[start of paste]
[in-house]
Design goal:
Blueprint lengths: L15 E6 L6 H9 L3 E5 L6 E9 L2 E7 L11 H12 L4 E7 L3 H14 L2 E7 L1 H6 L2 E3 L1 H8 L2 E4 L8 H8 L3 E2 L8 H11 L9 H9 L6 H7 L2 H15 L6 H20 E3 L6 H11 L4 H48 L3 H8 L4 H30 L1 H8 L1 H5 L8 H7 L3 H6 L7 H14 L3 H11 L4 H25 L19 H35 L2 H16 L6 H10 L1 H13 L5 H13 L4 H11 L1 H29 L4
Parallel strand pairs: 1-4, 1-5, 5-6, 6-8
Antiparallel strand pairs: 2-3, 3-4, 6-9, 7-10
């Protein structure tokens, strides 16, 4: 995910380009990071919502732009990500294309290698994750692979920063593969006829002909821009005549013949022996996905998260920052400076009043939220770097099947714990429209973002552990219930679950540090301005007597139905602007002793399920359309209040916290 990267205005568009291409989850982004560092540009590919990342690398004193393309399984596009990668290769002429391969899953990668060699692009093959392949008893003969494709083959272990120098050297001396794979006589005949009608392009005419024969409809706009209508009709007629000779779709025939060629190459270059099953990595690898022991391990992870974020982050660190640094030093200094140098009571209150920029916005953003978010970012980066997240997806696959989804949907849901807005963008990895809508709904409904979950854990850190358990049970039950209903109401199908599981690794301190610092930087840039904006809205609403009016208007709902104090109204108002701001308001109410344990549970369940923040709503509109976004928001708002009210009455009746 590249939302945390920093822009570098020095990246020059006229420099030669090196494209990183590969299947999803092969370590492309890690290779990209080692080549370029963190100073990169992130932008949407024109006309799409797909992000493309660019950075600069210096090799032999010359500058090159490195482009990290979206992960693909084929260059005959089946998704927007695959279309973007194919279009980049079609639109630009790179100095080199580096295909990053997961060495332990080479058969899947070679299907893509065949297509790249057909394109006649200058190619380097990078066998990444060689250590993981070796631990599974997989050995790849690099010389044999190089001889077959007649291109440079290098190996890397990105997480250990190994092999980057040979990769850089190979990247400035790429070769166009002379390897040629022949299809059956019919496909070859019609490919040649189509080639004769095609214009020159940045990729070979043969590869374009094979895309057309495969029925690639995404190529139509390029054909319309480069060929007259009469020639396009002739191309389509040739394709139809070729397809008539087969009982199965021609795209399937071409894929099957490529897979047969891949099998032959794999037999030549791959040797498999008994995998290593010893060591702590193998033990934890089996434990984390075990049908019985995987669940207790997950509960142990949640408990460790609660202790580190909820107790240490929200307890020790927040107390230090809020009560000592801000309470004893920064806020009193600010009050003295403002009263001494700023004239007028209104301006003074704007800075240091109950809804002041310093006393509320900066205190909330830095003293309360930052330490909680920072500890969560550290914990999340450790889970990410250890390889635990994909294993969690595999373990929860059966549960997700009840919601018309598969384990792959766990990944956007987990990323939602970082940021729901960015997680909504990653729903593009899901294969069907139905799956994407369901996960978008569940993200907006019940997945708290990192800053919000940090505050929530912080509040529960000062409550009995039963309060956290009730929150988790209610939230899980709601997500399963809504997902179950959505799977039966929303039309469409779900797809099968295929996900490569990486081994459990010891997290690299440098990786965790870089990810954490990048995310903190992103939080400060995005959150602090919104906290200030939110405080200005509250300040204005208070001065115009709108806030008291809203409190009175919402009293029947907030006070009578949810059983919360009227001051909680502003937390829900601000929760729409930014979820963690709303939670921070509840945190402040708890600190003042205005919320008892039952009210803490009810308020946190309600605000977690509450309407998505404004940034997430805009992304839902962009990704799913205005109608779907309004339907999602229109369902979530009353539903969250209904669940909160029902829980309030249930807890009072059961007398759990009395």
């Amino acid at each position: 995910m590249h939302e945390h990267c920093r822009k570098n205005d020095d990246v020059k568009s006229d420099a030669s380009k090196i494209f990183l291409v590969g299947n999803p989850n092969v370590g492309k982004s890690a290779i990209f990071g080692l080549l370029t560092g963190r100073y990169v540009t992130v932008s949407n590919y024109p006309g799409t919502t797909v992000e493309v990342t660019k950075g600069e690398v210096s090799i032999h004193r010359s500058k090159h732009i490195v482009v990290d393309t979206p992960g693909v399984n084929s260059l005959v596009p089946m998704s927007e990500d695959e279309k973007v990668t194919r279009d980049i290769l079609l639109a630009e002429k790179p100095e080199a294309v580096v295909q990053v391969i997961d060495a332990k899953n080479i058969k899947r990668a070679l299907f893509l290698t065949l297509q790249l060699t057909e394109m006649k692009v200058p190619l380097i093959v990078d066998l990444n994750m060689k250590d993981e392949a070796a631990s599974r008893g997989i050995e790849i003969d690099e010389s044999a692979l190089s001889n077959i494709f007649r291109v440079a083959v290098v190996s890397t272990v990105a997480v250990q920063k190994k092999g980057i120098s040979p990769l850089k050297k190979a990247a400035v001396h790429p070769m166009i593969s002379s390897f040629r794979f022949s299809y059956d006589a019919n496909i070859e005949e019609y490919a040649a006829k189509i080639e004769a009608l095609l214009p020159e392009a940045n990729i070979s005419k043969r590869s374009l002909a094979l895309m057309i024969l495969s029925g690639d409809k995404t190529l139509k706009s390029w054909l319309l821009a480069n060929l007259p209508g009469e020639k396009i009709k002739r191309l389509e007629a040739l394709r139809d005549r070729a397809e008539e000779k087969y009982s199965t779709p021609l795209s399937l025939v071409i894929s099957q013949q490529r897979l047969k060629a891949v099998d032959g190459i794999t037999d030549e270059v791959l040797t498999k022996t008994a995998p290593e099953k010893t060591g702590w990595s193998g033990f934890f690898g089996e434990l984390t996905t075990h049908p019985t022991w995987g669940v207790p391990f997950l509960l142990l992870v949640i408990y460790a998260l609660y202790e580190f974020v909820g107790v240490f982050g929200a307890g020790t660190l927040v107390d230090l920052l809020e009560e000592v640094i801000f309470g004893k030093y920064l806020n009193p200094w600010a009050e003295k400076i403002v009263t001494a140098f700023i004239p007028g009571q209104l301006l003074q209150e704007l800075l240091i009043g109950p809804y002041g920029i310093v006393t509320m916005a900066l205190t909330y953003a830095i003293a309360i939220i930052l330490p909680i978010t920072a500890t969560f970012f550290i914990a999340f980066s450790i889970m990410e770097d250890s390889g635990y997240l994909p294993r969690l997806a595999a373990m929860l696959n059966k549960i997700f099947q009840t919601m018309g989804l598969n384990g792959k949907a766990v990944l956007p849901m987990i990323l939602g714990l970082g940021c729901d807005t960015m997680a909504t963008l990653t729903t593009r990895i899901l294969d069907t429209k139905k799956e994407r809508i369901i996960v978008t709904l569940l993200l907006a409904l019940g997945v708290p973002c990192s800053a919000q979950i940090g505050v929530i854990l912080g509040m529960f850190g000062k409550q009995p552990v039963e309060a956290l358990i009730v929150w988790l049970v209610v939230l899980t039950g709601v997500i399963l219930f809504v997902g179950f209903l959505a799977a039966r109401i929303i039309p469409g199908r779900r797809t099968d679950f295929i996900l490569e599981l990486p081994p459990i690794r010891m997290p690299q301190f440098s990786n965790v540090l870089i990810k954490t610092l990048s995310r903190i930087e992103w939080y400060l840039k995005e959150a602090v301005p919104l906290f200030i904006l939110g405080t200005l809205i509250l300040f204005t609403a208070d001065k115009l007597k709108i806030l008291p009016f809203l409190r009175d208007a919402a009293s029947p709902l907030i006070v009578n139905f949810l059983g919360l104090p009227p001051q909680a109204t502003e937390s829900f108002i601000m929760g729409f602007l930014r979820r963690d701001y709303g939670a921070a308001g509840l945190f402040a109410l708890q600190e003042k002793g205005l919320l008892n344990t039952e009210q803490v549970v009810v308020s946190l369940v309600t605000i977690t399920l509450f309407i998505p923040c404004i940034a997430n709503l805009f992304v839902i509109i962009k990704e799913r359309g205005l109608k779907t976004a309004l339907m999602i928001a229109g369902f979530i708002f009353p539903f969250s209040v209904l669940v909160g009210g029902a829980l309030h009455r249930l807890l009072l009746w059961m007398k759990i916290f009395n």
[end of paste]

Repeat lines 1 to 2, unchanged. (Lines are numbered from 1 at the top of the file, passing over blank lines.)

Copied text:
[in-house]
Design goal: